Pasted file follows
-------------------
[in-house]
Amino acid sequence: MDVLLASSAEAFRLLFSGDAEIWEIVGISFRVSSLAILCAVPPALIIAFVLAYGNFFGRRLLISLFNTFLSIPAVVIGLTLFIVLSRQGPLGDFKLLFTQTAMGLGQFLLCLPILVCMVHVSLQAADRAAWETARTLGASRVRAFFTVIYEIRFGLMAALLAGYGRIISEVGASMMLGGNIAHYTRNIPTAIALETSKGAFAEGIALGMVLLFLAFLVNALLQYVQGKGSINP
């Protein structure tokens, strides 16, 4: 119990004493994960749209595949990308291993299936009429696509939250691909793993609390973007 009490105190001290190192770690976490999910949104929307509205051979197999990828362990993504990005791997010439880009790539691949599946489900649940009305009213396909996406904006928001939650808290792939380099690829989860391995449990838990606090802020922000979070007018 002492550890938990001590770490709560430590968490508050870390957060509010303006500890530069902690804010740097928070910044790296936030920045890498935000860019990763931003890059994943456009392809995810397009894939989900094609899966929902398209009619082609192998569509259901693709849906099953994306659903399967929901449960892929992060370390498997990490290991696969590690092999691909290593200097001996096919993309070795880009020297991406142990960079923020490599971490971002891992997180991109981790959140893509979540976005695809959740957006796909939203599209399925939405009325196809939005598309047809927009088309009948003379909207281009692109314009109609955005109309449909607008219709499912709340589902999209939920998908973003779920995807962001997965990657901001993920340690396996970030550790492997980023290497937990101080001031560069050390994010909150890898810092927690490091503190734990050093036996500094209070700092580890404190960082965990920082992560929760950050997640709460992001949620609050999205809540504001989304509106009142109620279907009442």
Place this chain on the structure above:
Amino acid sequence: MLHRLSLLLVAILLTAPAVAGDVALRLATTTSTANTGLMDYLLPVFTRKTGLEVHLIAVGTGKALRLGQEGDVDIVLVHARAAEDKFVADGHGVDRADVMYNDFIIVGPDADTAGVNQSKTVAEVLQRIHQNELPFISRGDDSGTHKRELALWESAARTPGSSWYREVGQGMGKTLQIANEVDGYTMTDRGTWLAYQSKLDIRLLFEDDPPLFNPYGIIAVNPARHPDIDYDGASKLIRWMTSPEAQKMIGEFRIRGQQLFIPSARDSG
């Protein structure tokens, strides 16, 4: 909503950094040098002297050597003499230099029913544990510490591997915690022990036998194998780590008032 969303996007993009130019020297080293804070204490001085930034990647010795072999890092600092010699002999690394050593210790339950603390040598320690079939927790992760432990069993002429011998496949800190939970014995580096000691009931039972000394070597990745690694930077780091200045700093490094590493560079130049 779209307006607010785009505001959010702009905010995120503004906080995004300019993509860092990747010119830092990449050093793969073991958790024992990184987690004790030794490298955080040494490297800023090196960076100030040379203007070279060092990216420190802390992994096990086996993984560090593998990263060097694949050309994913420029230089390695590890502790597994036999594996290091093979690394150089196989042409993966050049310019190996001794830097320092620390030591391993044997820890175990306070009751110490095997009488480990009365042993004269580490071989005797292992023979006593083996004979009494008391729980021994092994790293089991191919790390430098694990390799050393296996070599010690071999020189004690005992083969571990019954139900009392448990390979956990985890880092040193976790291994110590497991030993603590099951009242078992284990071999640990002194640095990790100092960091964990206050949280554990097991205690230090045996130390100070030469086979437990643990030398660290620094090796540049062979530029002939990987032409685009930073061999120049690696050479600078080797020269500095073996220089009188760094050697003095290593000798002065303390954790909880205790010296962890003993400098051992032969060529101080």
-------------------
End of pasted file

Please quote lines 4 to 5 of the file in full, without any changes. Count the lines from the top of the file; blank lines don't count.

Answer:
Place this chain on the structure above:
Amino acid sequence: MLHRLSLLLVAILLTAPAVAGDVALRLATTTSTANTGLMDYLLPVFTRKTGLEVHLIAVGTGKALRLGQEGDVDIVLVHARAAEDKFVADGHGVDRADVMYNDFIIVGPDADTAGVNQSKTVAEVLQRIHQNELPFISRGDDSGTHKRELALWESAARTPGSSWYREVGQGMGKTLQIANEVDGYTMTDRGTWLAYQSKLDIRLLFEDDPPLFNPYGIIAVNPARHPDIDYDGASKLIRWMTSPEAQKMIGEFRIRGQQLFIPSARDSG